If you’re at all familiar with Okkyung Lee’s work, you know how much she can do. The cellist and composer has made free jazz, chamber music, improvised noise, experimental electronics, and more; many of those styles showed up on her very first release, 2005’s Nimh. Yet even her biggest fans might be surprised by Yeo-Neun. In a quartet with harpist Maeve Gilchrist, pianist Jacob Sacks, and bassist Eivind Opsvik, Lee unfurls careful, intricate songs, with melodies that drip down like raindrops falling from flower petals.
But inside these gentle pieces, Lee revisits many ideas she’s pursued for years. Her knack for creating tension with space and pauses guides the contemplative “In Stardust,” while her melding of composition and improvisation marks “Another Old Story,” as it moves from a delicate piano figure to a thrilling, impulsive crescendo. Lee’s affinity for the folk music of Korea, where she grew up, is evident in track titles that borrow from Korean ballads, as well as those songs’ simple, evocative phrasings. And the wilder side of her cello playing emerges on “The Longest Morning” and “Facing Your Shadows,” as she generates all kinds of noises without crowding out her companions.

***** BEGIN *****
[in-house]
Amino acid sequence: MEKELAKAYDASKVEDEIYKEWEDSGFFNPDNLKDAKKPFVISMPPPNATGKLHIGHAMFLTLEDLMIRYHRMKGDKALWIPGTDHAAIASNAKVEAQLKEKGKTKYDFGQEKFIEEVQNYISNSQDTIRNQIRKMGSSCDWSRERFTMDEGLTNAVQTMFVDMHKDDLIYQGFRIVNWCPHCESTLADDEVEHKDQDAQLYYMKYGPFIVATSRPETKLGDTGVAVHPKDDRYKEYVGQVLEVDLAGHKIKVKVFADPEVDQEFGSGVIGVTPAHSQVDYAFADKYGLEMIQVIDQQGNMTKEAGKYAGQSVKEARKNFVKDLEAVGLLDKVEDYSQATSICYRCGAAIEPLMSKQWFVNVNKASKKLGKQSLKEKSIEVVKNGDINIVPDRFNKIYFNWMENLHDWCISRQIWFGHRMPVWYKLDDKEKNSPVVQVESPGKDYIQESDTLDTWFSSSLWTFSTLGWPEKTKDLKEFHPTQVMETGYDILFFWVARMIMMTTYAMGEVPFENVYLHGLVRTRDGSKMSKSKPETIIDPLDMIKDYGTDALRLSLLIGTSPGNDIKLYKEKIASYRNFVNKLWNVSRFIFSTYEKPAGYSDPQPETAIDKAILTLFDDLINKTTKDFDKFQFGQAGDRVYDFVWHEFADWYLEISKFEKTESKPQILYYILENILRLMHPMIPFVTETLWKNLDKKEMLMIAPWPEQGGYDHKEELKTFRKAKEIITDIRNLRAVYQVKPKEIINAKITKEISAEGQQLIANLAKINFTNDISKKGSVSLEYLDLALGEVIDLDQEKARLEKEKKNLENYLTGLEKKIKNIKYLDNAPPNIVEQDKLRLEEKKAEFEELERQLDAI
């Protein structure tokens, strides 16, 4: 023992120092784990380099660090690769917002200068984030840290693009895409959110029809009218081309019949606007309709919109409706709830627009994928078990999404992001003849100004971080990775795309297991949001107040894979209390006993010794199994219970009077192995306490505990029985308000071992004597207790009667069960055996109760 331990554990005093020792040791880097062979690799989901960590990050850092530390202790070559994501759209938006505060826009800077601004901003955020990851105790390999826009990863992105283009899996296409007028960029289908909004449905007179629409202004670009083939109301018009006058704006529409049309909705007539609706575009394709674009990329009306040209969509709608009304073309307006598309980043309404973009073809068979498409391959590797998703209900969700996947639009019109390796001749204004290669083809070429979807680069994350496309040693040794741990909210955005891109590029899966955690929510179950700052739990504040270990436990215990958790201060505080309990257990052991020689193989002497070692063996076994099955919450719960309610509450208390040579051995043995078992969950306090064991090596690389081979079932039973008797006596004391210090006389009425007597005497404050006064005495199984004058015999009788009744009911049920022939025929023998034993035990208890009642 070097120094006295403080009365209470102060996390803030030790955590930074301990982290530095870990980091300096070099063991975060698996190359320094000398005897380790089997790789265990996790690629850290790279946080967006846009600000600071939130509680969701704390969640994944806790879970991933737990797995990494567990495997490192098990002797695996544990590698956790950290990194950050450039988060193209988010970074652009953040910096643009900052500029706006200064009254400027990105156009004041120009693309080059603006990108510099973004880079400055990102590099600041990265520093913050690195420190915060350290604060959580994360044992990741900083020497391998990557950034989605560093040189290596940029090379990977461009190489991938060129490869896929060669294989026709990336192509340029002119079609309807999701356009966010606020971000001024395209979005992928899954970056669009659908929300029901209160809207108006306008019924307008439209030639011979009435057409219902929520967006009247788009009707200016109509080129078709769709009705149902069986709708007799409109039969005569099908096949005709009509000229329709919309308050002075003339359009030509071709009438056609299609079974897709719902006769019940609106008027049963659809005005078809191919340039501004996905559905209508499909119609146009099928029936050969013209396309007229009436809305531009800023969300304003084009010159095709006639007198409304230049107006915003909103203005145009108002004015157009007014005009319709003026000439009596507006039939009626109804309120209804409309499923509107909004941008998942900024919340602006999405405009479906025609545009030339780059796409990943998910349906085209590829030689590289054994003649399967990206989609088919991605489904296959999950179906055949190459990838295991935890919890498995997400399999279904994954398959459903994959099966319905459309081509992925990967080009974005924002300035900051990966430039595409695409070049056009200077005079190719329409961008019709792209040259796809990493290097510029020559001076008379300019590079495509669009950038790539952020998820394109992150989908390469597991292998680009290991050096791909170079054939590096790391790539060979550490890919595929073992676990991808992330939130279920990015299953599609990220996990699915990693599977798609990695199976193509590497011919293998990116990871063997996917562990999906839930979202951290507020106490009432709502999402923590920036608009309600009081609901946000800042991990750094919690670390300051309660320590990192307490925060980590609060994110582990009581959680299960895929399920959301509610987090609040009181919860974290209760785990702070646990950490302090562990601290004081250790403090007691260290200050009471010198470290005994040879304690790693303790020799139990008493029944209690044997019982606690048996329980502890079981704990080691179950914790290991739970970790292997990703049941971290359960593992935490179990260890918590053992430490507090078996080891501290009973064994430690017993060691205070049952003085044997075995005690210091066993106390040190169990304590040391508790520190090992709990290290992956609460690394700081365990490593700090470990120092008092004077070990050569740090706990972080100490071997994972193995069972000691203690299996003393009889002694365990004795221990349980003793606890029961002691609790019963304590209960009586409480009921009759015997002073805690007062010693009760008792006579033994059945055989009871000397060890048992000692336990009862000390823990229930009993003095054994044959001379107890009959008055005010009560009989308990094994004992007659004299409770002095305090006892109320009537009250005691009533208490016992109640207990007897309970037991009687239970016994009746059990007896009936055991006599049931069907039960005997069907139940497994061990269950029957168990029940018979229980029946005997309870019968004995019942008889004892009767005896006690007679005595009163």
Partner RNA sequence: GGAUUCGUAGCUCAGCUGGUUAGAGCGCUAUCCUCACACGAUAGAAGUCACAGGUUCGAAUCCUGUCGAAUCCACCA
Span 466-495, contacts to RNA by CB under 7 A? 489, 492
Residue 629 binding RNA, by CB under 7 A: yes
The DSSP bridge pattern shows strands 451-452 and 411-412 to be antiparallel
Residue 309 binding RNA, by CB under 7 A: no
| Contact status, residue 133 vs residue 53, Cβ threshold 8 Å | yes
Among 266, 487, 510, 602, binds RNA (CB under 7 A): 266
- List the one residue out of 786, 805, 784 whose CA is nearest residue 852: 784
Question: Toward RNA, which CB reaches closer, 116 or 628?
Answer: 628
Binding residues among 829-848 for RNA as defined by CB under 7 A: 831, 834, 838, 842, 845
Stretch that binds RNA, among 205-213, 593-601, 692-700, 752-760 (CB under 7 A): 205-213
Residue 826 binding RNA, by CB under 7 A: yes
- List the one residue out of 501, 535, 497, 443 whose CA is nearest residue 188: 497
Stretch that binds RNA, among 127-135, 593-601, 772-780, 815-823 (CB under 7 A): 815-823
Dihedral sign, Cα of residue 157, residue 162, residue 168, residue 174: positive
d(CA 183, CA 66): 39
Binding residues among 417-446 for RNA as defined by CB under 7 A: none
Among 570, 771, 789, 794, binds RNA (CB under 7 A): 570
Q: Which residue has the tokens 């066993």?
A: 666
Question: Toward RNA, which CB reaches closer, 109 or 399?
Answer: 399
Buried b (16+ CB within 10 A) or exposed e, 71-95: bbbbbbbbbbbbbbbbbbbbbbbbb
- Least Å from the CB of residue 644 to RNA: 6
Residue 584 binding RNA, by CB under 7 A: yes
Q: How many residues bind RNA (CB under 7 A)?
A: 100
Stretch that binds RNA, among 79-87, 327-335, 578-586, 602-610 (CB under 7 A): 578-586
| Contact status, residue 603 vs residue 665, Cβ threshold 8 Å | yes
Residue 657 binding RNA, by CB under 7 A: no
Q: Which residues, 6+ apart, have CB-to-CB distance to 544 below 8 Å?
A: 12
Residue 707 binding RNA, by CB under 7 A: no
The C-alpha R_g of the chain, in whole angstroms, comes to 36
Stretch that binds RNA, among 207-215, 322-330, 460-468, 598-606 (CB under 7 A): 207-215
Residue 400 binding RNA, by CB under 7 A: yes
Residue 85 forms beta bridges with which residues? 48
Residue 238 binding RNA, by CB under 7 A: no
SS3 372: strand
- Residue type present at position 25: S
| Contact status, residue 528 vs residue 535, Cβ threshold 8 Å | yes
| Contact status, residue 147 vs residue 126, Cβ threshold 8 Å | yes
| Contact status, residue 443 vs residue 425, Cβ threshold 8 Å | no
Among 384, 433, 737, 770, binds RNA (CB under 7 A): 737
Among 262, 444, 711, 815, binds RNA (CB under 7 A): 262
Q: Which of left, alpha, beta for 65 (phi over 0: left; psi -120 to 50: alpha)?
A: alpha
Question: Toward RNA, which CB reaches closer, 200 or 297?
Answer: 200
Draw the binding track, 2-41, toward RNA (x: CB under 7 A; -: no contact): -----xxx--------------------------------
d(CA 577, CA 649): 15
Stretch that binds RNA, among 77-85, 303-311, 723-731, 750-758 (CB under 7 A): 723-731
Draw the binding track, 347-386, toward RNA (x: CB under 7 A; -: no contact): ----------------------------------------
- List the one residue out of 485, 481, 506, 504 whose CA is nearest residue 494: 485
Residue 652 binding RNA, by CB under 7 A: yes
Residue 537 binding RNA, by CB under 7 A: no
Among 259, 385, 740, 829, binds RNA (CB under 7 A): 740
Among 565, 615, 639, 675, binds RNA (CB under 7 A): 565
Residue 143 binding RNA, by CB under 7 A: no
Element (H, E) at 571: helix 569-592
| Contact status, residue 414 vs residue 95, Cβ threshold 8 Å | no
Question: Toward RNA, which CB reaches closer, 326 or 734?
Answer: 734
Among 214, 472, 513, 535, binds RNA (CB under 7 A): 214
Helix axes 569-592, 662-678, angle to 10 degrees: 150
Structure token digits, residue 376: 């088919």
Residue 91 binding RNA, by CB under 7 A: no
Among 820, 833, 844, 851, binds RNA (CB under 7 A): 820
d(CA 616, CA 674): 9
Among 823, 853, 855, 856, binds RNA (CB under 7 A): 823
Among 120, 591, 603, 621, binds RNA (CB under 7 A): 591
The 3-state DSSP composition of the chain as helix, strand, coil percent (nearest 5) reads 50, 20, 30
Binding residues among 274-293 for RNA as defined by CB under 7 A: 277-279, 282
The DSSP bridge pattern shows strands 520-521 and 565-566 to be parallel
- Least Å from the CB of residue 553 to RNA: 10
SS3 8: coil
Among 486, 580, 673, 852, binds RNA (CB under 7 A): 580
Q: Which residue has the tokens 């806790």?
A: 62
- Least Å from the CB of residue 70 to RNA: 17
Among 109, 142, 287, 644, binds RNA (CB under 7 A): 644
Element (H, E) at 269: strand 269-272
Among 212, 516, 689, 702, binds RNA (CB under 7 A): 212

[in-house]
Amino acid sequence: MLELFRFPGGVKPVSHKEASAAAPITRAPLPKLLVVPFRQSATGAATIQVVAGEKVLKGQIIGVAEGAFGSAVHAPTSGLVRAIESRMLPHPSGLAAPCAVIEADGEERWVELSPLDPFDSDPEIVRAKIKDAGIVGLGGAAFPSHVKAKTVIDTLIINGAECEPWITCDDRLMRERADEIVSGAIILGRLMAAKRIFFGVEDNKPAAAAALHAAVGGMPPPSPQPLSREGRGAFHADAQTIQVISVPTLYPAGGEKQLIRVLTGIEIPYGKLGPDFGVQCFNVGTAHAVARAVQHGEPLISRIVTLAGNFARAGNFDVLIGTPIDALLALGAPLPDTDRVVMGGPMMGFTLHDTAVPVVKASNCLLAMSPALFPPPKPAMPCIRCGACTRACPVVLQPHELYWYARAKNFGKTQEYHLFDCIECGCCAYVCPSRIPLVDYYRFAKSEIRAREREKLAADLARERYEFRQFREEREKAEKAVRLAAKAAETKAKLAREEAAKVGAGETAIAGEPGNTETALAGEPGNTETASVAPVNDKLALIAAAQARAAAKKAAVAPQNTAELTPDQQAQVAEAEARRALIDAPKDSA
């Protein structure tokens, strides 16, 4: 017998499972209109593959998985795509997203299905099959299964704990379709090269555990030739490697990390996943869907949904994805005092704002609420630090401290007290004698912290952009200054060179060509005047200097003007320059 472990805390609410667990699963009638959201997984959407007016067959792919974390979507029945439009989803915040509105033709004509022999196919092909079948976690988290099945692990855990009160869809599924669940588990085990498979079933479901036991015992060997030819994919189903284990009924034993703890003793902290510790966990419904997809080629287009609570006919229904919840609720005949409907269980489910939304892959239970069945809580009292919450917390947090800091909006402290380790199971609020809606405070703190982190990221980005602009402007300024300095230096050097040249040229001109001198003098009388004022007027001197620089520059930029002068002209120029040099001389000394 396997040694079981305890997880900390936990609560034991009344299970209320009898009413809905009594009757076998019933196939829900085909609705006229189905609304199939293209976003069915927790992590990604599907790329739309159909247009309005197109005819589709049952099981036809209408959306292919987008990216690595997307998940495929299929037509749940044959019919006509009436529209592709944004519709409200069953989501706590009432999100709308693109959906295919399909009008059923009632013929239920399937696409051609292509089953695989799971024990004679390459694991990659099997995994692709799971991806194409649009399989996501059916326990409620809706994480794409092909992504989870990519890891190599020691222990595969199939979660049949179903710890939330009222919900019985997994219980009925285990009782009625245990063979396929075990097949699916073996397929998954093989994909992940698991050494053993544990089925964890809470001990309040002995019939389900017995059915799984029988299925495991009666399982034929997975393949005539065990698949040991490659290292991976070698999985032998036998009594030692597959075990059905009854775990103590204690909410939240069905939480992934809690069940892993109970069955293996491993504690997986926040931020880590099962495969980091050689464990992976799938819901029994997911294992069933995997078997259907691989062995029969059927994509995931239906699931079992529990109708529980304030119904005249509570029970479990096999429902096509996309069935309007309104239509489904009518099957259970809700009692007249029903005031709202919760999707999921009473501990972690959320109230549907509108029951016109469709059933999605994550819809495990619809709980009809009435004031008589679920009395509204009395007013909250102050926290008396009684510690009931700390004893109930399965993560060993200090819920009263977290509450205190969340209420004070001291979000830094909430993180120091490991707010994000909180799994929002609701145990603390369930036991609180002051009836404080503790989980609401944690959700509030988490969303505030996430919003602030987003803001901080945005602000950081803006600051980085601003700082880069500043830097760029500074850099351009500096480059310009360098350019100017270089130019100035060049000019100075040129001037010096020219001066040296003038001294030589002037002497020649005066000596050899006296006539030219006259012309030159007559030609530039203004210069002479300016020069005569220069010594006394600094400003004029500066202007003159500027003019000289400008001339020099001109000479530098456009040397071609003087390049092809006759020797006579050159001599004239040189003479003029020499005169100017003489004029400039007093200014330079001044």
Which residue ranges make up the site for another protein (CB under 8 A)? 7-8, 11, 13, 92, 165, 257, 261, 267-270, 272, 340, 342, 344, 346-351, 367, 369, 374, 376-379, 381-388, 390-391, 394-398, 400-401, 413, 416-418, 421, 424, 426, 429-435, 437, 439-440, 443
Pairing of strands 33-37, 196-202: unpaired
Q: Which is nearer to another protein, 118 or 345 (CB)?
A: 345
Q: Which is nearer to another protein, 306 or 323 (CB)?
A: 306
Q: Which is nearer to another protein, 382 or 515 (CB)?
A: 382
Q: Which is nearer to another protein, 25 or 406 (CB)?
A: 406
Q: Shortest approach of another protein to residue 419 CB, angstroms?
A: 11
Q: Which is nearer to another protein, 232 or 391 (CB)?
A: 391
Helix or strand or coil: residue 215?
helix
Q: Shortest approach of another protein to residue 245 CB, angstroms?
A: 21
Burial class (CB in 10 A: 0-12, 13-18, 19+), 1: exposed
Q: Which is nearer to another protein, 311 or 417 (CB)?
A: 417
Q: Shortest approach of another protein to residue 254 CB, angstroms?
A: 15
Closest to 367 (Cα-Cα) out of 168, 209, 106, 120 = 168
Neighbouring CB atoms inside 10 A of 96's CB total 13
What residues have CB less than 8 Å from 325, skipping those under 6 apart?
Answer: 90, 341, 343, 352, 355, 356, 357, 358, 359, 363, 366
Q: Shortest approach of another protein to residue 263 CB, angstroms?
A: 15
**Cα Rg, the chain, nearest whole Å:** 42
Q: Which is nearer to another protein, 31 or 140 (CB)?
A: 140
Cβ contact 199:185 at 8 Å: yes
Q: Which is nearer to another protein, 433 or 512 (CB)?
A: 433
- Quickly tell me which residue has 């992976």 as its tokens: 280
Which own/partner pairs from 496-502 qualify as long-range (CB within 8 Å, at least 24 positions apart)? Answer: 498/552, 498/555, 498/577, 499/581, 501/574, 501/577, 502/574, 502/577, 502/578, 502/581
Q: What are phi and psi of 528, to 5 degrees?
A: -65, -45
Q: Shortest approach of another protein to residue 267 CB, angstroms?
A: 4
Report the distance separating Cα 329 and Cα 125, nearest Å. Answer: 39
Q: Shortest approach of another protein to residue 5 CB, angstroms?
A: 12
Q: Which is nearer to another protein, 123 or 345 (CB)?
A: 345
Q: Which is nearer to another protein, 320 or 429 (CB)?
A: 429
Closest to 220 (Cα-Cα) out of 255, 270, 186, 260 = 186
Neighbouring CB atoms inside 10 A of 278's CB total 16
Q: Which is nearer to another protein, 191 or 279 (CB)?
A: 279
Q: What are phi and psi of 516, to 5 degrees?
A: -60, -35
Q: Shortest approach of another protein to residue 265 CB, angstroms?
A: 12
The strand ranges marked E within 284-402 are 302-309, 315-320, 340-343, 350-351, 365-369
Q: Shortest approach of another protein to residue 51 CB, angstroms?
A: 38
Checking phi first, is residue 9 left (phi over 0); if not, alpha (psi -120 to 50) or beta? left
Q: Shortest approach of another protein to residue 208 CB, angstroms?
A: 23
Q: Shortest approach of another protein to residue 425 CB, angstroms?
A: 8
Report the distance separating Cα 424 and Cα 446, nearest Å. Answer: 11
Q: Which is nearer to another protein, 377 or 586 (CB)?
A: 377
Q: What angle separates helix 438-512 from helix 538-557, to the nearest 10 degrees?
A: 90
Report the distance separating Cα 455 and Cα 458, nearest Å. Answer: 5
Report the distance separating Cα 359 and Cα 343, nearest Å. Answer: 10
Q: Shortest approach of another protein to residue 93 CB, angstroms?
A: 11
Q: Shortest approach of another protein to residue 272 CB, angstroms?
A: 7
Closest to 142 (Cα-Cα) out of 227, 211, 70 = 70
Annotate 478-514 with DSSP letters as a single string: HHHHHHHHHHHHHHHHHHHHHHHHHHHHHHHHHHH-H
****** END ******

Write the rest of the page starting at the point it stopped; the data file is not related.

That balance might be the most intoxicating thing about Yeo-Neun. The four players’ individual sounds are woven so tightly, they seem to breathe as one. Perhaps that’s why the album has such an environmental aura, graced with song titles that refer to birds and shadows, mornings and afternoons. Yeo-Neun means “opening” in Korean, and even though its cover shows a closed window, light pours through, much the way that nature and time beam brightly in Lee’s moving, hopeful songs.